Controlling the flow of electricity to stabilize the grid
Powerful electronics: The smart transformer can handle AC and DC power and, thanks to semiconductors capable of handling high voltages, be programmed to redirect the flow of electricity in response to fluctuations in supply and demand.
A. High-voltage semiconductor-based AC rectifier.
B. High-voltage semiconductor-based DC converter.
C. High-frequency transformers.
D. Control circuitry. Credit: Bryan Regan
In a lab wired up to simulate a residential neighborhood, Alex Huang is working to revamp aging power grids into something more like the Internet—a network that might direct energy not just from centralized power stations to consumers but from any source to any destination, by whatever route makes the most sense. To that end, Huang, a professor of electrical engineering at North Carolina State University, is reinventing the transformers that currently reduce the voltage of the electricity distributed to neighborhoods so that it's suitable for use in homes and offices.
His new transformer will make it easier for the grid to cope with things it was never designed for, like charging large numbers of electric vehicles and tapping surplus electricity from residential solar panels. Smart meters in homes and offices can help by providing fine-grained information about the flow of electricity, but precise control over that flow is needed too. Not only would this stabilize the grid, but it would better balance supply and demand, reducing spikes so that fewer power plants would be needed to guarantee the electricity supply.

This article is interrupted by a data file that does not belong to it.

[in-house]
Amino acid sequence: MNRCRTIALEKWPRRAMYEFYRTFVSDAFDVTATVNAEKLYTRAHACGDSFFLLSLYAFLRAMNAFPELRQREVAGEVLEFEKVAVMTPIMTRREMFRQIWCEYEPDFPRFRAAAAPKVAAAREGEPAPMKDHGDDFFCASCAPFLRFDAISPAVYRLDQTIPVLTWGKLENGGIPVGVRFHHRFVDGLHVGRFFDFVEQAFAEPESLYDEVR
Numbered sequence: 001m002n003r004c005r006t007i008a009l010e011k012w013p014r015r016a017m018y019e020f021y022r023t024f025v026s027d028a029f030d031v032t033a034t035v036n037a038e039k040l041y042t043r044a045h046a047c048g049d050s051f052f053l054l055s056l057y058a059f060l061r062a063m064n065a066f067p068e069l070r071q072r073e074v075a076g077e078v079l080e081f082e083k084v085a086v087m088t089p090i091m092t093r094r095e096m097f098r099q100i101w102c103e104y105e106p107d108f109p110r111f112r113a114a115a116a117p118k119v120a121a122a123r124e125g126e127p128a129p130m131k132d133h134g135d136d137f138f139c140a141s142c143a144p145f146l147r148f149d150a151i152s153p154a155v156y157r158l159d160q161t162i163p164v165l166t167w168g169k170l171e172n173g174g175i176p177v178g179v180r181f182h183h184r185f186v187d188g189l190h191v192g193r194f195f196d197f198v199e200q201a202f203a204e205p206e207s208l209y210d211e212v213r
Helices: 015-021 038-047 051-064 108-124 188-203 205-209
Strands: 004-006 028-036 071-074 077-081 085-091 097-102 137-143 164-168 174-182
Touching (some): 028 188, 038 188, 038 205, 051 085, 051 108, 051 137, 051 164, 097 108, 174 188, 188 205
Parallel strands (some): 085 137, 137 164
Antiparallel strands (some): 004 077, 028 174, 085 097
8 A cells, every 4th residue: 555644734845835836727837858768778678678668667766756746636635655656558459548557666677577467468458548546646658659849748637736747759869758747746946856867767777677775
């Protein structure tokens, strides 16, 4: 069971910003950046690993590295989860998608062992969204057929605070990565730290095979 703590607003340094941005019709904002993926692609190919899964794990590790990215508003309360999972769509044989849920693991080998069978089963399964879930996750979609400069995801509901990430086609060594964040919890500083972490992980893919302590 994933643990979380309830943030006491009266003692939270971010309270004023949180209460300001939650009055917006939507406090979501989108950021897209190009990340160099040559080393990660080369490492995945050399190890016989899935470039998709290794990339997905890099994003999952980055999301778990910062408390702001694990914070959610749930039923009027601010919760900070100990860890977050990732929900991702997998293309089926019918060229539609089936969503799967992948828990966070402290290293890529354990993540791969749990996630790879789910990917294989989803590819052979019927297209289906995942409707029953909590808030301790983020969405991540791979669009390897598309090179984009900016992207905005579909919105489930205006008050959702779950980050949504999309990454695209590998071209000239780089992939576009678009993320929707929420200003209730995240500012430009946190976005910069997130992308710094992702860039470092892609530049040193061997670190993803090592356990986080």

"We need a radically new device to sit between homes and grid to provide a buffer, so that the grid will remain stable no matter what is going on in the homes," Huang says. Conventional transformers handle only AC power and require manual adjustment or bulky electromechanical switches to redirect energy. What he wants is a compact transformer that can handle DC as well as AC and can be electronically controlled so that it will respond almost instantaneously to fluctuations in supply and demand. If one neighbor plugged an electric car into an AC charger, for example, it could respond by tapping otherwise unneeded DC power from another neighbor's solar panels.
To build such a transformer, Huang started developing transistors and other semiconductor-based devices that can handle thousands of volts, founding the Future Renewable Electric Energy Delivery and Management Systems Center at NC State in 2008. His first transformer had silicon-based components, but silicon is too unreliable for large-scale use at high voltages. So Huang has pioneered the development of transformers with semiconductors based on compounds of silicon and carbon or gallium and nitrogen, which are more reliable in high-power applications. He expects to have a test version of the silicon-carbon transformer ready in two years and to have a device that utilities can test in five years.
Huang's transformers would make connecting a solar panel or electric car to the grid as simple as connecting a digital camera or printer to a computer. That would reduce our reliance on fossil fuels by making it easier for small-scale sources of cleaner energy to contribute to the grid. He says, "The real benefit to society will come when there's an aggregate effect from many, many small generators, which we hope will be renewable and sustainable energy sources."